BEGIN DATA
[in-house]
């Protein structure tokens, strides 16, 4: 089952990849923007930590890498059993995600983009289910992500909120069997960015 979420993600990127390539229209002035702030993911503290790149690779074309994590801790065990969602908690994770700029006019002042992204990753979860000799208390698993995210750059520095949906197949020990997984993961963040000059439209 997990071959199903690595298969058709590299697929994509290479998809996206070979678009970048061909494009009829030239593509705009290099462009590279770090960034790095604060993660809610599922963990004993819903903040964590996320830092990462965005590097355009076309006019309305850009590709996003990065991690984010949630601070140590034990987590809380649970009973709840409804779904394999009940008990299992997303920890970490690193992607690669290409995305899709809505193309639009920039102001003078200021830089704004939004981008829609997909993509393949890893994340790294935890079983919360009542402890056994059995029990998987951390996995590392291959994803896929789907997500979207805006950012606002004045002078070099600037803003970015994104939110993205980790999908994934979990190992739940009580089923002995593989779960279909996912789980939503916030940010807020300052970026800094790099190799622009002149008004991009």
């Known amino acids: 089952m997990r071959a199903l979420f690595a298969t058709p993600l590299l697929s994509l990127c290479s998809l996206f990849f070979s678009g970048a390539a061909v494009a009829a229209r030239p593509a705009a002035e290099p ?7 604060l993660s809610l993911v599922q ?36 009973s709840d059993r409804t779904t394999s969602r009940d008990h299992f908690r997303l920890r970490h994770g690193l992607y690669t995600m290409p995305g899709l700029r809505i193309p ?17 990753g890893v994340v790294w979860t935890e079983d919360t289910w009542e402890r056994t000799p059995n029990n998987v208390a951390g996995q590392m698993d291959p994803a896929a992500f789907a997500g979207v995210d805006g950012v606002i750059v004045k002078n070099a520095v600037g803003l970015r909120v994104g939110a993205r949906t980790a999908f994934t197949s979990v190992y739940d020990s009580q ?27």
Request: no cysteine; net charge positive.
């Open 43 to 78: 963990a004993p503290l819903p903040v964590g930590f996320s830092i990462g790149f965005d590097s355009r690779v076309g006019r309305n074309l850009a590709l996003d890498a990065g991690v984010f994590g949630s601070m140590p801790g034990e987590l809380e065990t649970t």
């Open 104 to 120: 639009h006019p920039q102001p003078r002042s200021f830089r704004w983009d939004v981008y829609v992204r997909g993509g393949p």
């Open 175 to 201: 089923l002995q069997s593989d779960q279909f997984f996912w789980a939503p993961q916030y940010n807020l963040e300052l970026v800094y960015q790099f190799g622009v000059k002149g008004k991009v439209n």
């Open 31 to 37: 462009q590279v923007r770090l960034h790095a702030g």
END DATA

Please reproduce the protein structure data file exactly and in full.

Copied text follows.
[in-house]
């Protein structure tokens, strides 16, 4: 089952990849923007930590890498059993995600983009289910992500909120069997960015 979420993600990127390539229209002035702030993911503290790149690779074309994590801790065990969602908690994770700029006019002042992204990753979860000799208390698993995210750059520095949906197949020990997984993961963040000059439209 997990071959199903690595298969058709590299697929994509290479998809996206070979678009970048061909494009009829030239593509705009290099462009590279770090960034790095604060993660809610599922963990004993819903903040964590996320830092990462965005590097355009076309006019309305850009590709996003990065991690984010949630601070140590034990987590809380649970009973709840409804779904394999009940008990299992997303920890970490690193992607690669290409995305899709809505193309639009920039102001003078200021830089704004939004981008829609997909993509393949890893994340790294935890079983919360009542402890056994059995029990998987951390996995590392291959994803896929789907997500979207805006950012606002004045002078070099600037803003970015994104939110993205980790999908994934979990190992739940009580089923002995593989779960279909996912789980939503916030940010807020300052970026800094790099190799622009002149008004991009």
């Known amino acids: 089952m997990r071959a199903l979420f690595a298969t058709p993600l590299l697929s994509l990127c290479s998809l996206f990849f070979s678009g970048a390539a061909v494009a009829a229209r030239p593509a705009a002035e290099p ?7 604060l993660s809610l993911v599922q ?36 009973s709840d059993r409804t779904t394999s969602r009940d008990h299992f908690r997303l920890r970490h994770g690193l992607y690669t995600m290409p995305g899709l700029r809505i193309p ?17 990753g890893v994340v790294w979860t935890e079983d919360t289910w009542e402890r056994t000799p059995n029990n998987v208390a951390g996995q590392m698993d291959p994803a896929a992500f789907a997500g979207v995210d805006g950012v606002i750059v004045k002078n070099a520095v600037g803003l970015r909120v994104g939110a993205r949906t980790a999908f994934t197949s979990v190992y739940d020990s009580q ?27």
Request: no cysteine; net charge positive.
């Open 43 to 78: 963990a004993p503290l819903p903040v964590g930590f996320s830092i990462g790149f965005d590097s355009r690779v076309g006019r309305n074309l850009a590709l996003d890498a990065g991690v984010f994590g949630s601070m140590p801790g034990e987590l809380e065990t649970t």
């Open 104 to 120: 639009h006019p920039q102001p003078r002042s200021f830089r704004w983009d939004v981008y829609v992204r997909g993509g393949p």
């Open 175 to 201: 089923l002995q069997s593989d779960q279909f997984f996912w789980a939503p993961q916030y940010n807020l963040e300052l970026v800094y960015q790099f190799g622009v000059k002149g008004k991009v439209n």
């Open 31 to 37: 462009q590279v923007r770090l960034h790095a702030g």